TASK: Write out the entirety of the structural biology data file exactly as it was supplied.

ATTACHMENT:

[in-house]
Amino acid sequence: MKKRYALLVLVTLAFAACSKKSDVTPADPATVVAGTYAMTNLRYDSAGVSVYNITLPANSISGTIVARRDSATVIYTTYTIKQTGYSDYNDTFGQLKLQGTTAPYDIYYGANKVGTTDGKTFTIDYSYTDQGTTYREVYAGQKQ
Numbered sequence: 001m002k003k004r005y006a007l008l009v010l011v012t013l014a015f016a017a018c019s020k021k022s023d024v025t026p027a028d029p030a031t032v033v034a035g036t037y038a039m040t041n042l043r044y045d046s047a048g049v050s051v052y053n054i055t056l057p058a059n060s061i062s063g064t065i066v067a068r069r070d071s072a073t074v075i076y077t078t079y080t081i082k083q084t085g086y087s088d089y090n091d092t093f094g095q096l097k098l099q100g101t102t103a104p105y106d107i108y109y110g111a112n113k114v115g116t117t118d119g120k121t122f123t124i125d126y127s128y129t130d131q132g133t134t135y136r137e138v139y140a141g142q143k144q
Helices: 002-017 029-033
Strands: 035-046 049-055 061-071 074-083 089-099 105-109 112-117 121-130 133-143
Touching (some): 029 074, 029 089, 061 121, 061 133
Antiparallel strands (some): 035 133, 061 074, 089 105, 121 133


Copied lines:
[in-house]
Amino acid sequence: MKKRYALLVLVTLAFAACSKKSDVTPADPATVVAGTYAMTNLRYDSAGVSVYNITLPANSISGTIVARRDSATVIYTTYTIKQTGYSDYNDTFGQLKLQGTTAPYDIYYGANKVGTTDGKTFTIDYSYTDQGTTYREVYAGQKQ
Numbered sequence: 001m002k003k004r005y006a007l008l009v010l011v012t013l014a015f016a017a018c019s020k021k022s023d024v025t026p027a028d029p030a031t032v033v034a035g036t037y038a039m040t041n042l043r044y045d046s047a048g049v050s051v052y053n054i055t056l057p058a059n060s061i062s063g064t065i066v067a068r069r070d071s072a073t074v075i076y077t078t079y080t081i082k083q084t085g086y087s088d089y090n091d092t093f094g095q096l097k098l099q100g101t102t103a104p105y106d107i108y109y110g111a112n113k114v115g116t117t118d119g120k121t122f123t124i125d126y127s128y129t130d131q132g133t134t135y136r137e138v139y140a141g142q143k144q
Helices: 002-017 029-033
Strands: 035-046 049-055 061-071 074-083 089-099 105-109 112-117 121-130 133-143
Touching (some): 029 074, 029 089, 061 121, 061 133
Antiparallel strands (some): 035 133, 061 074, 089 105, 121 133